The number of times I’ve read than previously thought and thought, Actually, that’s not a surprise at all, or No, I’ve had that very thought before – well, it’s probably even more than previously thought.

But there is an upside. In its most elliptical form, than thought, it can generate amusing semantic ambiguities, as in this recent example from Discovery News (via @brandalisms): “Death Happens More Slowly Than Thought”, to which one might reasonably reply: It depends on the thought. (Cf. “Human genome far more active than thought”.)

Discovery crash blossom headline - death happens more slowly than thought

Yes, it’s a crash blossom (i.e., a headline with garden-path ambiguity), a mild one, but the first I’ve written about in a while. I guess the lesson is: When life hands you clichés, make crash blossoms (or other linguistic fun). Not always possible, of course, but maybe more often than prev—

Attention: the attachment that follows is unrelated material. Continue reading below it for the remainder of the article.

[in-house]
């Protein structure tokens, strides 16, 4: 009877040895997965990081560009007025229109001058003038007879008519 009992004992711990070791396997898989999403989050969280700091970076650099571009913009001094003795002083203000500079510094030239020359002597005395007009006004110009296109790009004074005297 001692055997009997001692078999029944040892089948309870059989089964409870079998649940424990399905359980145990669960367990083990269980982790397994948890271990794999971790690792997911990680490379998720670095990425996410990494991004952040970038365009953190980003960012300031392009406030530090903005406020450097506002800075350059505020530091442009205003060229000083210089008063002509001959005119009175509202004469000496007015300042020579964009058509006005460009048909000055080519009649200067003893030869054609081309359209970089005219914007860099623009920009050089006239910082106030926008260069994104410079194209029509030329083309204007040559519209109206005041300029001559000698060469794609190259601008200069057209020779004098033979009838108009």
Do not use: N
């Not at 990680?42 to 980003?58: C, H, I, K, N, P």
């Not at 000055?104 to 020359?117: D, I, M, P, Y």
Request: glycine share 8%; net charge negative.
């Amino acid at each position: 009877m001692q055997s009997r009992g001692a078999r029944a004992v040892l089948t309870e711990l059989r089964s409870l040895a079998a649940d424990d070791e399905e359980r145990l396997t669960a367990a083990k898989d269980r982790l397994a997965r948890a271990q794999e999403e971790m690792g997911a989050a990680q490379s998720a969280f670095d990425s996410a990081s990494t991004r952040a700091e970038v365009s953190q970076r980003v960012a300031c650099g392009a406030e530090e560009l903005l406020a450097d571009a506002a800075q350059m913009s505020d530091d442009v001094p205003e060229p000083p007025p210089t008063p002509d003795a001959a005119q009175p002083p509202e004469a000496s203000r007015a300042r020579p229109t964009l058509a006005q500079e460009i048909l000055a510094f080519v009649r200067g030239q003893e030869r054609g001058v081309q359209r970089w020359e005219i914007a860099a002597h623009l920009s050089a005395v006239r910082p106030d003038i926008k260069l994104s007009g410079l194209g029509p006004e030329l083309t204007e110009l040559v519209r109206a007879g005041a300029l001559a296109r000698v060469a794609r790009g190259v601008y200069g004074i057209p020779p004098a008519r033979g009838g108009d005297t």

Pronouns, humans, and dormice

July 23, 2013

The kinds of things relative pronouns refer to in modern English can be divided roughly as follows:

that – things and people

which – things, but not normally people

who – normally people, not things, sometimes animals or human-like entities (“animate but not human”, says Robert Burchfield; “having an implication of personality”, says the OED)

When it comes to relative pronouns, animals often aren’t accorded the same grammatical status as people. We’re more likely to say The crow that was here than The crow who was here, though of course it varies with the speaker, type of animal, and context.

Dormouse in a house